There are several species of chokecherry native to North America. Most people consider it a weedy tree, but wildlife of all kinds appreciate the fruit, and in this instance I’m siding with the birds (and the bears and the raccoons). Underripe chokecherries are unpleasantly astringent, but let them ripen to a dark purple color and they sweeten up, making them well worth harvesting.
Chokecherries are just one of several small-fruited, edible cherries. They grow as medium sized trees, or more often, as multi-stemmed shrubs. These are suckering plants, and form spreading clumps of chokecherries. The leaves have finely serrated margins and grayish-white undersides; flowers are held in bottle brush clusters of small white blooms. Each individual flower, when pollinated, turns into a small cherry. Don’t be fooled into thinking the red fruit is ripe; one bite will convince you otherwise.
Depending on where you live, chokecherries flower in April – June. The plants stand out in the landscape when they’re in bloom, so make a note when you pass a good clump, and check back in late summer or early fall. Chokecherry fruit will be red in mid-summer, but usually takes a month or more to fully ripen to a dark purple color. These are highly adaptable plants, equally at home in rich or poor soil, along roadsides, in ravines, or on the edges of woods and streams. They often cluster along fence lines; birds sitting on the fence digest the fruit and expel the seeds. (That’s a nice way of saying “poop out the seeds.”) Plants located in full sun will produce more fruit.
Plain old chokecherries aren’t usually sold as landscape plants, but recently, purple and red leaf cultivars of the tree have become popular. In the Rocky Mountains and Great Plains, where this fruit has always been appreciated, you can find the straight species for sale.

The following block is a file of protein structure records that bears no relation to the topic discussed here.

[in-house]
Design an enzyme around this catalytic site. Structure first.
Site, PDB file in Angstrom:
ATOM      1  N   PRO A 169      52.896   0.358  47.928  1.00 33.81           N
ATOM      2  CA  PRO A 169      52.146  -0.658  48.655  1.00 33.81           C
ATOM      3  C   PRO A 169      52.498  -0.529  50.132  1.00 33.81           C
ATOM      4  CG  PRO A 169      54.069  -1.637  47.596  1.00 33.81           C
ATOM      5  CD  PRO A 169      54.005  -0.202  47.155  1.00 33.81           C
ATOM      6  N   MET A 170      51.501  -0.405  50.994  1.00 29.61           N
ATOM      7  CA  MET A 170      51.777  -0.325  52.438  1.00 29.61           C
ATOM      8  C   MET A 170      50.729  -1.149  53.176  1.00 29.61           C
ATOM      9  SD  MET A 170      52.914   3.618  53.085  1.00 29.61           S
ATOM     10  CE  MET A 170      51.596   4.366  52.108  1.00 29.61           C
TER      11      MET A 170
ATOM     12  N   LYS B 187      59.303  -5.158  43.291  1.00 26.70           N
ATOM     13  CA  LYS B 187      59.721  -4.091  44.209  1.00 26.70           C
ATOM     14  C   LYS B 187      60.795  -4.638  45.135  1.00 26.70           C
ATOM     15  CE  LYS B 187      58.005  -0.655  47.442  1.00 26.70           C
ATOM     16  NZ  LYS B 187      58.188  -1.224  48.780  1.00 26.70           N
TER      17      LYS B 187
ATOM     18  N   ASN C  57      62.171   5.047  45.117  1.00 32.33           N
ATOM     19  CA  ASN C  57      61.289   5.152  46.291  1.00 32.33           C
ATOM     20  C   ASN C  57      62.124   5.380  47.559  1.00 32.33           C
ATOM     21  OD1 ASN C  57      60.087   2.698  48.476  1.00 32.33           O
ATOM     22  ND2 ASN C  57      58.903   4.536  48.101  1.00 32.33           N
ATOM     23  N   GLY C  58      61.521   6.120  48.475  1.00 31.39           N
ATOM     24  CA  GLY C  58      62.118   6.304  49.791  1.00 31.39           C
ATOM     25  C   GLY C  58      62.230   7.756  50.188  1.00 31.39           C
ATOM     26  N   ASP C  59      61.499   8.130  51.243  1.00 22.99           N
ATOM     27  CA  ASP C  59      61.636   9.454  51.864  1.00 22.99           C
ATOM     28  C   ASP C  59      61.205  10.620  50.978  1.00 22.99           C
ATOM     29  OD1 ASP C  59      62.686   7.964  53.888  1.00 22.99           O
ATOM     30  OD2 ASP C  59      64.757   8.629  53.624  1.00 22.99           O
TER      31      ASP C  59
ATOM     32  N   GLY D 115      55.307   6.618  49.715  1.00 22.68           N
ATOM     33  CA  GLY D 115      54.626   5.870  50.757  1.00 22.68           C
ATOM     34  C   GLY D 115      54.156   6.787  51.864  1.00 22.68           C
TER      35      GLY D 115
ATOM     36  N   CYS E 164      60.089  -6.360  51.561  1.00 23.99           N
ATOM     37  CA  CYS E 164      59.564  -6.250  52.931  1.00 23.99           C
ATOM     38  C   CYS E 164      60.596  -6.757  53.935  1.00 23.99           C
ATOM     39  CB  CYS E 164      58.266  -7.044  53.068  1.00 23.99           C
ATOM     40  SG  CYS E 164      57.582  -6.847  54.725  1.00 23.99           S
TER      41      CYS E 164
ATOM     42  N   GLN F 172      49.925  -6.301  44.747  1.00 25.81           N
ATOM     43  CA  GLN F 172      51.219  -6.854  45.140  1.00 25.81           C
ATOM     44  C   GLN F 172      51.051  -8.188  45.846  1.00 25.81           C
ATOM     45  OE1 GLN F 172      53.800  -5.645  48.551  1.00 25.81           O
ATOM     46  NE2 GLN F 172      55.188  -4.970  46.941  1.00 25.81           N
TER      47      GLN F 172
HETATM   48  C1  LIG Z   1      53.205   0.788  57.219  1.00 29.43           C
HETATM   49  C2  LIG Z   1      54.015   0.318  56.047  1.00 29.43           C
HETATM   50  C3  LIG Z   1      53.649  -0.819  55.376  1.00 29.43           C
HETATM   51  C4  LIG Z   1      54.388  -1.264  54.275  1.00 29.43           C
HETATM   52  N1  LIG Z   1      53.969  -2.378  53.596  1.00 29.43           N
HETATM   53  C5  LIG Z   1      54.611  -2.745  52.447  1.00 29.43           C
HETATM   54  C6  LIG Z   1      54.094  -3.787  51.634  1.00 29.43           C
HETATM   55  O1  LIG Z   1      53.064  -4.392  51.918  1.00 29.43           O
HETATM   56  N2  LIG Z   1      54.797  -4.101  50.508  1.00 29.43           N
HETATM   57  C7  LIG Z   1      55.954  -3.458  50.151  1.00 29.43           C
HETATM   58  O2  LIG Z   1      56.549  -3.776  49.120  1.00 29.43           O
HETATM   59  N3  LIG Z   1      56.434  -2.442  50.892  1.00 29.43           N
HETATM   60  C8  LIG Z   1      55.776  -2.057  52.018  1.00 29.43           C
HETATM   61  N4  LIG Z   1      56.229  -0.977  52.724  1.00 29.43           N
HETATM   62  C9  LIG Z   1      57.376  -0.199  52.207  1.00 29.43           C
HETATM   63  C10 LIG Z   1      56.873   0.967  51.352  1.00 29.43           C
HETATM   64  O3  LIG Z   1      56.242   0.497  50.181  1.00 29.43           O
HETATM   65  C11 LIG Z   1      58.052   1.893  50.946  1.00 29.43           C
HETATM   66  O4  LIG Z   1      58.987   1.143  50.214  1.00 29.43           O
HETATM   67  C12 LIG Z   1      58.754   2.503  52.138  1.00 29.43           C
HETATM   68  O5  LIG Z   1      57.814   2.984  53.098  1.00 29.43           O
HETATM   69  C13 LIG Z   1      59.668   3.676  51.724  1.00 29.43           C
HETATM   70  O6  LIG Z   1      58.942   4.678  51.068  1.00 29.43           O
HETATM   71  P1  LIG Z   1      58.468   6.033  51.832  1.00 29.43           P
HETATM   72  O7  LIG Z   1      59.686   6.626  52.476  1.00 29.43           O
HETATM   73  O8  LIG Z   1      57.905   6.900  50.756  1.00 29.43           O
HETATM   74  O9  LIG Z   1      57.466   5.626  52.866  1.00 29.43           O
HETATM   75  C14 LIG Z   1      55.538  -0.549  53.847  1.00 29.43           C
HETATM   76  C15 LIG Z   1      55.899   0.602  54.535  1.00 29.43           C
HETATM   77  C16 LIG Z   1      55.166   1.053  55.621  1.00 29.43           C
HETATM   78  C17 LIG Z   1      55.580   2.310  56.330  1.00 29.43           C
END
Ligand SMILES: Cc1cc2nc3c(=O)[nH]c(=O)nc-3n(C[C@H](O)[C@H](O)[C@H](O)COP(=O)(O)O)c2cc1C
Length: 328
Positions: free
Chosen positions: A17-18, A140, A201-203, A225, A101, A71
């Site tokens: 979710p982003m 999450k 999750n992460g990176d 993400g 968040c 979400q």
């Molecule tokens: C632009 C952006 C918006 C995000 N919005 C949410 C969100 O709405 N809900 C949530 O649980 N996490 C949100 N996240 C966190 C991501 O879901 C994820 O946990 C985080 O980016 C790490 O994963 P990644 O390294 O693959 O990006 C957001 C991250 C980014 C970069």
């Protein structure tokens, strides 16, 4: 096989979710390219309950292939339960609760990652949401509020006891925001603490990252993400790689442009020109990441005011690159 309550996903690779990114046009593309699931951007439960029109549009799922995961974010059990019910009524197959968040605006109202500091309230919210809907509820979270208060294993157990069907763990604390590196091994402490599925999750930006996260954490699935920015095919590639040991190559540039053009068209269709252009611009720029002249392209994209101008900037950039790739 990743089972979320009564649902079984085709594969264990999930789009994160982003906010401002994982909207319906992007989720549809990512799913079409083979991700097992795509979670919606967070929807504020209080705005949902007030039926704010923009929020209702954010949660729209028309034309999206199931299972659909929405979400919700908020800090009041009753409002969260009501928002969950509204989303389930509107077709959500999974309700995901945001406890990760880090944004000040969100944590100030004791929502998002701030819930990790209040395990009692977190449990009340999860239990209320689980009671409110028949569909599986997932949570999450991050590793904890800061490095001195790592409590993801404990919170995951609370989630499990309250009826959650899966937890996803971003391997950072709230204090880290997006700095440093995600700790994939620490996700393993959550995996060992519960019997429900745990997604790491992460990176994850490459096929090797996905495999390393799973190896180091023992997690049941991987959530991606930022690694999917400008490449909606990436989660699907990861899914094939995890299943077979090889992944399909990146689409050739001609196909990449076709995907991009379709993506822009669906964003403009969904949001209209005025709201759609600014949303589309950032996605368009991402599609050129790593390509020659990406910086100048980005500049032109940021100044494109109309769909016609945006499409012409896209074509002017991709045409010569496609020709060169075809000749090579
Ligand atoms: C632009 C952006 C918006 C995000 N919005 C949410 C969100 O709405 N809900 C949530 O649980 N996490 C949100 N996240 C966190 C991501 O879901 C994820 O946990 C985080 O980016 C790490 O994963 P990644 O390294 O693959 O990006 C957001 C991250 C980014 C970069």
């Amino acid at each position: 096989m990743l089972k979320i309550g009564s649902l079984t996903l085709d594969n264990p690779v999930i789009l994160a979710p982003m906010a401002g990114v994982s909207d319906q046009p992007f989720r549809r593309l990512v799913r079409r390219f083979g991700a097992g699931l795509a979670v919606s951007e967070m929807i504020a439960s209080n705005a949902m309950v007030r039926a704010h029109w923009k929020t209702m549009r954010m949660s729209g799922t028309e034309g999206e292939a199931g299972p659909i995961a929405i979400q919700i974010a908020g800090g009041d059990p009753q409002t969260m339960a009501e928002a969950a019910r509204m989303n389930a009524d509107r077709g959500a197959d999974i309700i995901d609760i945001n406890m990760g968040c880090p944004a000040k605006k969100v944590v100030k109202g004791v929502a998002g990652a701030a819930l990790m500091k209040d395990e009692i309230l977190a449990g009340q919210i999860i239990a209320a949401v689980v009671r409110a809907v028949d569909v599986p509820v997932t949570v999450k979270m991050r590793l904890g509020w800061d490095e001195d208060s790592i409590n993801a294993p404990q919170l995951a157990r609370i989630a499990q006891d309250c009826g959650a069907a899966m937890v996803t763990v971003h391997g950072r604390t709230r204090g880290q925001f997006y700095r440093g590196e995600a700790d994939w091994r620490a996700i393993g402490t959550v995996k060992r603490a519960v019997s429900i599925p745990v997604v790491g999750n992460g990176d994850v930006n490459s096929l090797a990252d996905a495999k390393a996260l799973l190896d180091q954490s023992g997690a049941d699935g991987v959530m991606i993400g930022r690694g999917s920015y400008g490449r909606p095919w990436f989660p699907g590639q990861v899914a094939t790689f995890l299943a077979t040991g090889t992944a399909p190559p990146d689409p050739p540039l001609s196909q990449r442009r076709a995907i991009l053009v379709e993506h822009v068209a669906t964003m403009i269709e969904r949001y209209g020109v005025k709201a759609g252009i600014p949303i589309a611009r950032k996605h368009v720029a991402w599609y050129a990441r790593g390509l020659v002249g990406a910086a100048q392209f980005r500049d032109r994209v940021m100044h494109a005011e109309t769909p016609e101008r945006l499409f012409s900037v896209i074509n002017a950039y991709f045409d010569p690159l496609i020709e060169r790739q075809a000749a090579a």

Historically, chokecherries were used by many different Native American tribes. They were used in pemmican, ground into flour, and dehydrated for long term preservation. Often, whole fruits, including the seeds, were mashed and dried.
You may read about the danger of consuming chokecherry pits because of the cyanide compound (prussic acid) they contain. Native peoples knew to let the cracked seeds dry in the sun for several days, which releases the potentially dangerous cyanide compounds.
Please don’t let fear stop you from harvesting this fruit. It’s easy to avoid the pits by juicing the fruit, then turning that juice into jelly, syrup, fruit leather, and wine. If you prefer jams to jellies, you can run the fruit through a food mill to remove the seeds.
Where I live, in New Mexico, chokecherry jelly is a much-loved use for this tart fruit. I make a lot of jellies, but decided to go with syrup for last year’s harvest. Combined with a little rye in a cocktail shaker, it makes a delicious cocktail I call The Manhattan Project. Considering how high chokecherries are in antioxidants, you might consider this a medicinal beverage. It’s good medicine.